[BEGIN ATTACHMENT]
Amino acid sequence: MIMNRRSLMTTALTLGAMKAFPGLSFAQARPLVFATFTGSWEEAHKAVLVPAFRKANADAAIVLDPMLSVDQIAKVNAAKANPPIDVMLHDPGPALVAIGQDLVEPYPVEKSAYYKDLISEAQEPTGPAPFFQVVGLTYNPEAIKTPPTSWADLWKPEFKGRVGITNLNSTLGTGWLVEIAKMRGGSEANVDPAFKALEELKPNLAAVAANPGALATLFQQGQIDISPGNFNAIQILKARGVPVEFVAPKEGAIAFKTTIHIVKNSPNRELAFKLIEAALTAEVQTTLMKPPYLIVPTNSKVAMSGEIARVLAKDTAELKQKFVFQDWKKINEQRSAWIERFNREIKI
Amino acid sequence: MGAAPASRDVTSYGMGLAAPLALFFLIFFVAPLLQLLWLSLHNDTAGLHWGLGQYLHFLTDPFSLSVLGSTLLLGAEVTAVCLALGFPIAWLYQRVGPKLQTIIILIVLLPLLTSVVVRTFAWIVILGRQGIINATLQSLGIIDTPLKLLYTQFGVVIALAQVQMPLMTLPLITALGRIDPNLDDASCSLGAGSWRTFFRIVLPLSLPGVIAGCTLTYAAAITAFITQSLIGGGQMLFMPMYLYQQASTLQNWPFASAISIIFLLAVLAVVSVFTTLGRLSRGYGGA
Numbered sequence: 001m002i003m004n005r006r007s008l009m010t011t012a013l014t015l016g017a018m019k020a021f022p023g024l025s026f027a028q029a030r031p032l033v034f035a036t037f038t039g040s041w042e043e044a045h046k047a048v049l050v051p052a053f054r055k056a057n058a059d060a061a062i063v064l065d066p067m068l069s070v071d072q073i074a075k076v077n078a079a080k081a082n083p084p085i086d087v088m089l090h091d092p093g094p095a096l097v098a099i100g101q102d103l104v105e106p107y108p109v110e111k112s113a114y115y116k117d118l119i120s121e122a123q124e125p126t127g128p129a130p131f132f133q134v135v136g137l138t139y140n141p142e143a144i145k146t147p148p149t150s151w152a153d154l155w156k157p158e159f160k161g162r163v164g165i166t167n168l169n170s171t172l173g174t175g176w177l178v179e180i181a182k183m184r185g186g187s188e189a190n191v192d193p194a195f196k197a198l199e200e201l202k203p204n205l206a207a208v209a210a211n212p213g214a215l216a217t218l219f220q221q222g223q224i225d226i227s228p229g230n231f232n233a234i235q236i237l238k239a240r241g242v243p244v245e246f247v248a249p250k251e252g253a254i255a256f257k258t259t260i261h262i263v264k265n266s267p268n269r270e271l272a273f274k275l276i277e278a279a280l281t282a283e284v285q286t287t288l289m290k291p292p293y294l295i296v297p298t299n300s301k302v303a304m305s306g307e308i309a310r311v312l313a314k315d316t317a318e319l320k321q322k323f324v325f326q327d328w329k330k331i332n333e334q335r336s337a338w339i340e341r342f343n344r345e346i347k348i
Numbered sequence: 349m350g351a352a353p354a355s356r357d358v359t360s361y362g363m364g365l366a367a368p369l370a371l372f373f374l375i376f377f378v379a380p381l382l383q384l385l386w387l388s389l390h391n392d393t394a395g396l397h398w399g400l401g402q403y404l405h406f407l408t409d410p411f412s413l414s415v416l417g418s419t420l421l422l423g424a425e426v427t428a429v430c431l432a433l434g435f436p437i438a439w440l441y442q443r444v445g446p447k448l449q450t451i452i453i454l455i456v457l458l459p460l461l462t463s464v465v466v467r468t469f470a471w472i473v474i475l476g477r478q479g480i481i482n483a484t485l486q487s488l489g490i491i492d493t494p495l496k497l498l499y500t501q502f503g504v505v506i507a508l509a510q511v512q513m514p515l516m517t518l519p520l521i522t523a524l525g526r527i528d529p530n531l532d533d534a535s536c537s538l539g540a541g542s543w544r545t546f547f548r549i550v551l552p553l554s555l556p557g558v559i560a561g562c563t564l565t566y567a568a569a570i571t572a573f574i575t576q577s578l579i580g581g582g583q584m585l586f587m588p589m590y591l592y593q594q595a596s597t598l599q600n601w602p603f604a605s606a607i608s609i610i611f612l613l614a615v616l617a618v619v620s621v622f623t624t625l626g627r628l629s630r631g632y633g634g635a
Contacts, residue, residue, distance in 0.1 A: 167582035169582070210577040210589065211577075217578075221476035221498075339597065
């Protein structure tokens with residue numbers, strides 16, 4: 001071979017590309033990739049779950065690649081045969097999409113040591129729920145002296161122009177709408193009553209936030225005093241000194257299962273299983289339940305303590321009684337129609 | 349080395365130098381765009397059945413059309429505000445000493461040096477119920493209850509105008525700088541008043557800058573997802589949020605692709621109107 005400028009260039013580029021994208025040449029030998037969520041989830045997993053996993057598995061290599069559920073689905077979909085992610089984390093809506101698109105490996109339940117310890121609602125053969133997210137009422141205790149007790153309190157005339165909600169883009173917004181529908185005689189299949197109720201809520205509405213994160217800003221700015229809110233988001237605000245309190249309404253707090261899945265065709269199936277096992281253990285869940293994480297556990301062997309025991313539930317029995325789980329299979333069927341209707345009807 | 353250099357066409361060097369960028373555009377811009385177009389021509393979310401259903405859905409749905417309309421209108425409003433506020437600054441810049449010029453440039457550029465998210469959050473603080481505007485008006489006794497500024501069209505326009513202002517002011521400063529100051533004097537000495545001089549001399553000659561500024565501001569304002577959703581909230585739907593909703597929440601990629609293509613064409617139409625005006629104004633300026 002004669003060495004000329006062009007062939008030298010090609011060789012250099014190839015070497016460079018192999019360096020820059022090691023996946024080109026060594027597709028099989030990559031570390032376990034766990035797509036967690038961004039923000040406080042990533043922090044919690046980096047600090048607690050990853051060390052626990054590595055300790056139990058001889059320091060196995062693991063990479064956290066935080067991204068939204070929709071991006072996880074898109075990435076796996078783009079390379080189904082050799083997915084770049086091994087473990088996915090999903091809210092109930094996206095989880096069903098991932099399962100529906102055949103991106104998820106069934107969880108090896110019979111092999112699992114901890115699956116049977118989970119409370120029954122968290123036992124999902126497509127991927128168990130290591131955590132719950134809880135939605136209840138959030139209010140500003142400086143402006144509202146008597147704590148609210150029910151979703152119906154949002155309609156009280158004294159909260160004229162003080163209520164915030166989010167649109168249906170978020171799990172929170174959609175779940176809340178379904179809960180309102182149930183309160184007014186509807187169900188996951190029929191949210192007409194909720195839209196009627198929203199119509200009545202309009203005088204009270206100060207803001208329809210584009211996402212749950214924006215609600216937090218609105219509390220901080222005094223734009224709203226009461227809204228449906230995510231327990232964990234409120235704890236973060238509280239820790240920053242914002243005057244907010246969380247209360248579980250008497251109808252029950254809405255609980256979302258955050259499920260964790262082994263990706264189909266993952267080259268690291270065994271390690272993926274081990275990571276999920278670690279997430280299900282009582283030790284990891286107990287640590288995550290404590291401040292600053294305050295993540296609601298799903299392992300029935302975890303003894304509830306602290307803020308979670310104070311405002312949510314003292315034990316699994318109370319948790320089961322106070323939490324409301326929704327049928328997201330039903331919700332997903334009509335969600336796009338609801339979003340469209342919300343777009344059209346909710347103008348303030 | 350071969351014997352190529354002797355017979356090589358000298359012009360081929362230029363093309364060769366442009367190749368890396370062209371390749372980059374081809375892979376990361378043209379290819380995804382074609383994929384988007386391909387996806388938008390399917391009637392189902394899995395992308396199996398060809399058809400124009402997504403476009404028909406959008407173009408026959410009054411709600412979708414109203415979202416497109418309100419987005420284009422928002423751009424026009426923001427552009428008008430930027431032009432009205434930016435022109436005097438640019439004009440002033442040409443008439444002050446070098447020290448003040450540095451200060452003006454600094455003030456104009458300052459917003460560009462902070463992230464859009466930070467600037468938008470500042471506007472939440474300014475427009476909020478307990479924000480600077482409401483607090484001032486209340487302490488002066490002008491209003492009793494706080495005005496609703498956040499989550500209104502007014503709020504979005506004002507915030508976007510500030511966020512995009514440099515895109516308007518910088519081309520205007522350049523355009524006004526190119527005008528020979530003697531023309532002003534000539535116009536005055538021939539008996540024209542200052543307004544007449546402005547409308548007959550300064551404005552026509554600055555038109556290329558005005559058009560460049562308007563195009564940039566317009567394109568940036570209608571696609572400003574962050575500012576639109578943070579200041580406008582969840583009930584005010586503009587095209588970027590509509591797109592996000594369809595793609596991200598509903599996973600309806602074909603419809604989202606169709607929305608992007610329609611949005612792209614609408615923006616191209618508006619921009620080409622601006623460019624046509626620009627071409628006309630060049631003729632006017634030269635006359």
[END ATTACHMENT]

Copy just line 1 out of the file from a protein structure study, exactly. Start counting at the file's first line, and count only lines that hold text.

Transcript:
Amino acid sequence: MIMNRRSLMTTALTLGAMKAFPGLSFAQARPLVFATFTGSWEEAHKAVLVPAFRKANADAAIVLDPMLSVDQIAKVNAAKANPPIDVMLHDPGPALVAIGQDLVEPYPVEKSAYYKDLISEAQEPTGPAPFFQVVGLTYNPEAIKTPPTSWADLWKPEFKGRVGITNLNSTLGTGWLVEIAKMRGGSEANVDPAFKALEELKPNLAAVAANPGALATLFQQGQIDISPGNFNAIQILKARGVPVEFVAPKEGAIAFKTTIHIVKNSPNRELAFKLIEAALTAEVQTTLMKPPYLIVPTNSKVAMSGEIARVLAKDTAELKQKFVFQDWKKINEQRSAWIERFNREIKI